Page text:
On Being Canadian

Last night, as per my date plans, I attended a “lecture” On Being Canadian by John Ralston Saul with my hubby (after a delicious and wonderfully uninterrupted, if slightly rushed, sushi dinner).  I say “lecture” because his style isn’t at all professorial, preachy, or read-y… but more on that later.

It must be mentioned that before he took the stage, there was also music by Kevin Breit and Russ Boswell – which was beautiful and interspersed with appealingly ingenuous comments from Kevin.  Author Sandra Birdsell also did a reading, which I enjoyed but probably would have enjoyed more had it been read by me, silently.

I shall also mention that in the lobby there was a display by Dodolab, a group from the University of Waterloo that is trying to determine some things about Canadians and what they identify as being Canadian.  We somewhat enjoyed doing their icon survey (see www.dodolab.ca), but were unimpressed with their display blurb (first sentence being so full of jargon that we were immediately put off) and the display survey (consisting of a series of photos of Canadian scenes that we were asked to rate according to an x-y scale where x was between natural and unnatural and y was between iconic and mundane – we felt that with photos of countryside, unnatural is not the opposite of natural… and there are many examples of things that are both iconic and mundane.  Again, this part of the endeavour smacked of pretension).

Back to JRS.  As I said, despite being a great Canadian thinker, author, and speaker, he was not lecturey.  Rather, he was chatty – he asked us questions he actually wanted us to answer by raising our hands, and he teased us when not enough of us knew certain things.  His demeanor is modest.  His French accent is good.  I’m pretty sure he has a short ponytail.  He made us laugh several times.  More importantly, he made us think – and for me, he made a light bulb go on.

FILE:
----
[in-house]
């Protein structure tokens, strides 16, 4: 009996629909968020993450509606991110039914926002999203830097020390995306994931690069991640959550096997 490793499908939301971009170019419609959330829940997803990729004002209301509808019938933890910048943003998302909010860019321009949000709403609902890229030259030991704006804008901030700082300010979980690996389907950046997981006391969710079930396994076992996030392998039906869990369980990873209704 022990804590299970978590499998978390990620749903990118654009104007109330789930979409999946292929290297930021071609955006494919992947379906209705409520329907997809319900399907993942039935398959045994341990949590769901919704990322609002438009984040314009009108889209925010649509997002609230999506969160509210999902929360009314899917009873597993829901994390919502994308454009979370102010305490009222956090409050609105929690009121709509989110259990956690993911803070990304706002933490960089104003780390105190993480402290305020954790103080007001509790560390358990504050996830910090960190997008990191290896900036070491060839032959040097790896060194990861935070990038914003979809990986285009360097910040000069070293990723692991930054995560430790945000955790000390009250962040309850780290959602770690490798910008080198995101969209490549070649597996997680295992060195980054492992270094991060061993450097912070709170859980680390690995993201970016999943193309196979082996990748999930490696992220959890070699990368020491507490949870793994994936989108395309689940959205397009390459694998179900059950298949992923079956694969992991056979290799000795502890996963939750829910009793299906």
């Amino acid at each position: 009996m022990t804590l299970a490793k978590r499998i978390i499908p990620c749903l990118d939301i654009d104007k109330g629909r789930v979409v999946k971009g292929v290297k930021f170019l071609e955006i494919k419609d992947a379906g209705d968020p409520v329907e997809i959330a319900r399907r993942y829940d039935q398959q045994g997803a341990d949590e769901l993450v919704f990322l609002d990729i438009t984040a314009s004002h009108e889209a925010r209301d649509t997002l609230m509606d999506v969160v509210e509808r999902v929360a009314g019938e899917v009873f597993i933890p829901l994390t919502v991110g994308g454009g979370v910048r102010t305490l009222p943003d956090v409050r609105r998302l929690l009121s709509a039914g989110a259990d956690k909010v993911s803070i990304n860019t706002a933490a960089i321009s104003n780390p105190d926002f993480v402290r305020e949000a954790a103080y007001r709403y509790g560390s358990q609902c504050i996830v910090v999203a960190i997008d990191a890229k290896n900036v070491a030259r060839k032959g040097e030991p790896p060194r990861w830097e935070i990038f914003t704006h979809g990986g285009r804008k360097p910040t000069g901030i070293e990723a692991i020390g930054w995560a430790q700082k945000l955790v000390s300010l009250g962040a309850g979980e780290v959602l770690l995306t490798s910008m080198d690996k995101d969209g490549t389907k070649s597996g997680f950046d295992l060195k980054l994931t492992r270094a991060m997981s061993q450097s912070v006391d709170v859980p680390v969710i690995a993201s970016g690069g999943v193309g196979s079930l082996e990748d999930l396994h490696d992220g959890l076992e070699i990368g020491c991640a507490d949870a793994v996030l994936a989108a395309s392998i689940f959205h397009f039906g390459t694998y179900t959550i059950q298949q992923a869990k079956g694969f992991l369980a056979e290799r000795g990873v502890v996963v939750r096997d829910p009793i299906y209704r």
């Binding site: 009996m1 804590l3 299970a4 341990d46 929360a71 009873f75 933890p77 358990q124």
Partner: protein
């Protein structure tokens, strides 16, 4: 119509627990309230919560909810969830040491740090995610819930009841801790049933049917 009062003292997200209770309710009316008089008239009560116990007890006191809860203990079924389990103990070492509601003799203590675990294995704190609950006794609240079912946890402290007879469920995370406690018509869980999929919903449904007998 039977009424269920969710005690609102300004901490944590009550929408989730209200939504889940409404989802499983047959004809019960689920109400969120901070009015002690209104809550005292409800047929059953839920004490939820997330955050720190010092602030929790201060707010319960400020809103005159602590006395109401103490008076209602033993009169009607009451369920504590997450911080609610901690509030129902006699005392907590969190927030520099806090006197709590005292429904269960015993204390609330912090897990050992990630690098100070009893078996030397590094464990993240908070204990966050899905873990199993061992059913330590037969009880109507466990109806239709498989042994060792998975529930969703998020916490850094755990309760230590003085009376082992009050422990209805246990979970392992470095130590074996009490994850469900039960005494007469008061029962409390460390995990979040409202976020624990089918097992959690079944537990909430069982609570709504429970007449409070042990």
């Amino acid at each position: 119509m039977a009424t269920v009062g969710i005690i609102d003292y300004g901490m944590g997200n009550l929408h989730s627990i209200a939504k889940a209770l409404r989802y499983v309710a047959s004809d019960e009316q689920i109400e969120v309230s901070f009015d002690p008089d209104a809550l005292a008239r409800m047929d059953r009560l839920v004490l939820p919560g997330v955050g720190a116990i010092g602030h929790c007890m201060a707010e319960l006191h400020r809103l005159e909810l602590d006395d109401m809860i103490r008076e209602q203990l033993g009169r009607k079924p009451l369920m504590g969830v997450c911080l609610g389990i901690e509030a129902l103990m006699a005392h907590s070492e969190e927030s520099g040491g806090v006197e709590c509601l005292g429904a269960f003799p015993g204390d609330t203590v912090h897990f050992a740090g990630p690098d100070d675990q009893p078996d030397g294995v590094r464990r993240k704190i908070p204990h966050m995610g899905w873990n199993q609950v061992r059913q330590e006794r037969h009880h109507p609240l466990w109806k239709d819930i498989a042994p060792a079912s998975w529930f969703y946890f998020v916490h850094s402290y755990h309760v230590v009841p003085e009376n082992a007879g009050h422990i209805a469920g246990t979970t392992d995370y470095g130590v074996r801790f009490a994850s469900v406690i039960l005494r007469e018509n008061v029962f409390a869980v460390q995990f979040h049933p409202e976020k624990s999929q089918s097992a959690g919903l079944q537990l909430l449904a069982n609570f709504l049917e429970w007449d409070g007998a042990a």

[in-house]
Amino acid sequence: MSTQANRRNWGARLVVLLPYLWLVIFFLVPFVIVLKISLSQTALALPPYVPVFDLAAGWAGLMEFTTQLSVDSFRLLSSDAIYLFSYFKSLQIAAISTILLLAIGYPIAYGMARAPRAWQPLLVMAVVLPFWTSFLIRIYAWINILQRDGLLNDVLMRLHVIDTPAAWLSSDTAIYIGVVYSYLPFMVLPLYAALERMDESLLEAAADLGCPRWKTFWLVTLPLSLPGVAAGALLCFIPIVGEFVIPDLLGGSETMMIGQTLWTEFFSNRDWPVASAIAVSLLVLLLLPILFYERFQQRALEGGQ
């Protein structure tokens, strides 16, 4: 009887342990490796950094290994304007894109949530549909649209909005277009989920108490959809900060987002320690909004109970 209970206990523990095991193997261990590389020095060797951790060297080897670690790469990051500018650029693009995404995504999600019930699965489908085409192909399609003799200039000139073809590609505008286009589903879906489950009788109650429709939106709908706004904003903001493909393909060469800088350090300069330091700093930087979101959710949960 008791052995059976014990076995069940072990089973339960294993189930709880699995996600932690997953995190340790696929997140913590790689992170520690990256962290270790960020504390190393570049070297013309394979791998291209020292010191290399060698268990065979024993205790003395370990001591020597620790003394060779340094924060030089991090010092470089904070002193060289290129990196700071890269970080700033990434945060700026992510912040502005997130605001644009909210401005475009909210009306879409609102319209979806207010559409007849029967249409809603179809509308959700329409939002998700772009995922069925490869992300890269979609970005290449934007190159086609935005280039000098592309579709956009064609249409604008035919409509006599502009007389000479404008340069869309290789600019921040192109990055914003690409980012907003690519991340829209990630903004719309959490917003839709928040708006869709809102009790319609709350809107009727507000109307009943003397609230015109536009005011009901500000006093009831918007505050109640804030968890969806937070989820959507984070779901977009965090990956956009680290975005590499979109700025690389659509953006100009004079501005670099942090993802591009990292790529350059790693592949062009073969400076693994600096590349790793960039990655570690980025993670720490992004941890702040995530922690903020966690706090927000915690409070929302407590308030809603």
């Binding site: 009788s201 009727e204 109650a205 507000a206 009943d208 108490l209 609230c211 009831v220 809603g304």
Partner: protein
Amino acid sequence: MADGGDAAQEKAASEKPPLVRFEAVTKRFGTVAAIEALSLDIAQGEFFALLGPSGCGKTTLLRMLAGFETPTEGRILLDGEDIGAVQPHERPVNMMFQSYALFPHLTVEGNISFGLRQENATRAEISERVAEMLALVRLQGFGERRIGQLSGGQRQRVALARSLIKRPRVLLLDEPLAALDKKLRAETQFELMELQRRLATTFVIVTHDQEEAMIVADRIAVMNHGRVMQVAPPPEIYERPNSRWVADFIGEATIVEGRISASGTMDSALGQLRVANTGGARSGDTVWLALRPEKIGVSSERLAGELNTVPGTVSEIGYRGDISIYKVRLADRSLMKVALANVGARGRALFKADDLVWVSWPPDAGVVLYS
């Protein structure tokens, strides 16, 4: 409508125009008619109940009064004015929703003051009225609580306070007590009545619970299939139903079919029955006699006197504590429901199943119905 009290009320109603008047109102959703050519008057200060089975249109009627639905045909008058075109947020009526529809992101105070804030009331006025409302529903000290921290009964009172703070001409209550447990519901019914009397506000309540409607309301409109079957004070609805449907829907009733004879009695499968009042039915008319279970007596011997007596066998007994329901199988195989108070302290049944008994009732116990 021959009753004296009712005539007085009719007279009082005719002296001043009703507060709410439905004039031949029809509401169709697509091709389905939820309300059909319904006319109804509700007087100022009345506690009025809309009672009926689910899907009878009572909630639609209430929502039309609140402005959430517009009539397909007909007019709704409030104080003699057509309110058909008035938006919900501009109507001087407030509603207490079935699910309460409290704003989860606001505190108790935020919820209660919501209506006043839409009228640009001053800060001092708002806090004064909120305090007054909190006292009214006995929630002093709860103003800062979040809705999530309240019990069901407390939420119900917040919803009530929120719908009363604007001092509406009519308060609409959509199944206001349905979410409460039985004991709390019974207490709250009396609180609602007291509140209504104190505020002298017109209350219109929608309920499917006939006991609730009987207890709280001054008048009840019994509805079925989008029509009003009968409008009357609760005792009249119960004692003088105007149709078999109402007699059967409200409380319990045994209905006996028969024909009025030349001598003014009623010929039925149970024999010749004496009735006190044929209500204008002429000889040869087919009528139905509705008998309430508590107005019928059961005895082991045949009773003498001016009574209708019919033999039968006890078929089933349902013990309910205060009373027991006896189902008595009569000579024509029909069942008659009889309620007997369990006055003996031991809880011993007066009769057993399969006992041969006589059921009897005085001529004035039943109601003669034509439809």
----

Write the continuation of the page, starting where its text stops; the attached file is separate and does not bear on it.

The main points I will take away are these:

  • “We are talking ourselves out of existence” as Canadians.  He used this phrase with regard to several things – how Canadians often identify themselves as being “not American”, or “not” other things; how we liken our culture to cultures, especially European ones, that we are actually not like at all; how in our universities we don’t root our studies in Canadianness… the majority of English literature studied is from the UK or US, the majority of French literature studied is from Europe also, oral literature is basically ignored, practically all the philosophy comes from Europe… you get the idea.
  • Canada is different, unique.  We embrace our complicated, diverse culture, and have the courage not to seek black-and-white, “monolithic” clarity.  On the whole, we are proud of our coexistence and our ability to function with immigration out (or rather in) the wazoo.  (No, JRS didn’t use the word wazoo.)
  • We are different for good reason.  Although our supposedly dominant cultures are from Europe, our culture works in very different ways.  Before the English and French cultures took over in the 1800s, aboriginal peoples were dominant – though not necessarily domineering.  Métis families flourished because lads from the UK who went on expeditions to the New World were told to negotiate marriage with a native Chief’s daughter, thus marrying “up” in that world.  The founding pillar of Canada is made up of aboriginal cultures which, although many and varied, have certain characteristics that have defined us.  The idea not of a melting pot but of a circle, and within that circle, a celebration of individuals.  Our ways of life have been deeply influenced by Native ways of respectful coexistence with other groups and with Nature, consensus, hospitality, community, and of course, making a living in harsh conditions.
  • This part was the light bulb for me.  As a Canadian born of American parents with a mish-mash of roots, I suddenly related to what he was saying – that we as Canadians automatically have roots in aboriginal culture.  I am the last person who would presume to appropriate a culture that isn’t mine, but I loved the idea that each of us, spending our lives in Canada, could grow individual  roots that would intertwine with the deep aboriginal mesh already in place.  This is exciting to me, because I am a Quaker.  My spiritual attitude has a lot in common with a Native outlook.  I have always felt that Canadian is just… the right nationality for me, and now I see why.

There is more, and perhaps I will find time to write about it… but right now it’s way past my bedtime and I can’t make more sentences.  Let’s just say, I really enjoyed the talk.  La fin.

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0 thoughts on “On Being Canadian

  1. bev says:

    Woo, hoo! This is wonderful! Your papa and I put some thought into picking the right nationality for our kids. No doubt you’re a much better Canadian than you would have been a Swiss or a Swede.

    Fun to hear more about the “lecture”, especially the parts relating to Native roots, as I’m reading the biography of Pauline Johnson.

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